Background

The biotechnology industry produces proteins for therapeutic and diagnostic use by using biological systems such as bacteria, yeast, and mammalian cells. A common bottleneck in the production of these proteins is the initial purification, during which the proteins are recovered from large volumes of cell- and debris-containing feedstocks, such as fermentation broths and homogenates. The purification processes are usually based on packed-bed chro-matography techniques in which the protein is bound to an adsorbent packed in a column. A packed bed (fixed bed) cannot handle particulates very well and would eventually become totally blocked if an unclarified feedstock was passed through it. Another concern with these types of feedstocks is that because of the sometimes low production level of the protein of interest, the feedstock volume is large. A large volume takes a long time to pass through a chromatography column, and a long processing time increases the risk of proteolytic breakdown of the protein. Unit operations to clarify and reduce the volume of these feedstocks are therefore vital for a successful purification process. It is not uncommon for a purification process to consist of a sequence of unit operations just to achieve initial recovery. The techniques traditionally used for feedstock clarification are centrifugation and filtration (1).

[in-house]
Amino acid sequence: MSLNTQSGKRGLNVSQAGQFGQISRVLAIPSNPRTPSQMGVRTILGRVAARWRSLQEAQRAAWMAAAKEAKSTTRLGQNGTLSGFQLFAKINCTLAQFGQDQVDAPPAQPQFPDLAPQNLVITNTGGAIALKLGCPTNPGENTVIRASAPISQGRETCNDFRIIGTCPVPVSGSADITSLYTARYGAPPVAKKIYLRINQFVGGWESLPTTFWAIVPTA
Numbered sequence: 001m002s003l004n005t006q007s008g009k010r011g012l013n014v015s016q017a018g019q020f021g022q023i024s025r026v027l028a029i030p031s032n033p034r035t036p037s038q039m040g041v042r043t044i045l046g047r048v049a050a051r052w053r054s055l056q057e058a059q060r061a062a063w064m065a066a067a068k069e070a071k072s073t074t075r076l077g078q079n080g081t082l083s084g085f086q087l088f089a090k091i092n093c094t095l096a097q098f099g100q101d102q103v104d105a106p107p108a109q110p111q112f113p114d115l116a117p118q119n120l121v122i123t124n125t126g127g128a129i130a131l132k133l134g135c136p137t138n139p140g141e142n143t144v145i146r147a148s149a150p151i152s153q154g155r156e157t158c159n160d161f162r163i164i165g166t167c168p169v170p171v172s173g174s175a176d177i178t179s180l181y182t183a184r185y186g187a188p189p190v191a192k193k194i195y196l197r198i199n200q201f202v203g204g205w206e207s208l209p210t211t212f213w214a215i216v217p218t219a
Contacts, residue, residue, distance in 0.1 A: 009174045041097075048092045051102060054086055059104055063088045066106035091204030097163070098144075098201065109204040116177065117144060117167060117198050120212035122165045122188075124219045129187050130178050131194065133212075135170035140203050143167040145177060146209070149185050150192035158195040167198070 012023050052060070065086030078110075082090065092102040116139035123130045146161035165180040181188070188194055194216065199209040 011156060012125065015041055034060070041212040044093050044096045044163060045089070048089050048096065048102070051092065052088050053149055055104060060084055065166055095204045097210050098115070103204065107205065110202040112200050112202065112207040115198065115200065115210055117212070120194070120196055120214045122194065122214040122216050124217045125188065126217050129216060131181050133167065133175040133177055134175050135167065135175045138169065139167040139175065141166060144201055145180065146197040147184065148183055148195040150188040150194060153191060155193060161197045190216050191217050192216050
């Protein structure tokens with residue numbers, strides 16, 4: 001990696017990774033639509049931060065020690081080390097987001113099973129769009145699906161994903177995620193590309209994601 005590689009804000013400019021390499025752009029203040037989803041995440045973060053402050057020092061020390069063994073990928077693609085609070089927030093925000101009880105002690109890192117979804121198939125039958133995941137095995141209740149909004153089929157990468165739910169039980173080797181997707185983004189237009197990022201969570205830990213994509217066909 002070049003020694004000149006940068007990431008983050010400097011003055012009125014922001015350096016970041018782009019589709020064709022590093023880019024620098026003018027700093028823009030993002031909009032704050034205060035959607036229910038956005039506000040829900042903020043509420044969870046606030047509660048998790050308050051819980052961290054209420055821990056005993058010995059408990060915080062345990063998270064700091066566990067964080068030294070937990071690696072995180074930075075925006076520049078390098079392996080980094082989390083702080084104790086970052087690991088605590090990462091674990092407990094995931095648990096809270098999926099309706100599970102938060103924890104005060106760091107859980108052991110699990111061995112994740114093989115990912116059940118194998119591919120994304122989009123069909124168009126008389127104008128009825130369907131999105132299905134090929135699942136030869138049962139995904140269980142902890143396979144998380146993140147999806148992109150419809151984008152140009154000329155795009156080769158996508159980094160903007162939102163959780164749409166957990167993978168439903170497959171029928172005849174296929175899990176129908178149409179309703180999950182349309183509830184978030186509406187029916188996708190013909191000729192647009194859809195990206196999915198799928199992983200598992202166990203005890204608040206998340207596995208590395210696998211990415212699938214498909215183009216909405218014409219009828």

Centrifugation is well suited to industrial processes because the throughput is high and it can be performed in a contained environment (a requirement when handling recombinant host organisms). The efficiency of the centrifugation process will depend on the properties of the feedstock, but it is usually difficult to remove all particulates by centrifugation, and the resulting fluid may therefore not be sufficiently free of particulates for direct application to a packed chromatography bed (2). Whole cells are relatively easy to remove by centrifugation but disrupted cells are not, and cells (especially mammalian) may even be damaged by the centrifugation process (3) because of shear stress and centrifugal forces. New and improved centrifuges that are more gentle can be used for mammalian cells (4), but often the clarification problem remains because at harvest, culture fluids usually contain relatively large amounts of subcellular particulates, such as debris. When the feedstock is secreting bacteria or a bacterial ho-

mogenate, for example, clarification is even more difficult and centrifugation is not very efficient.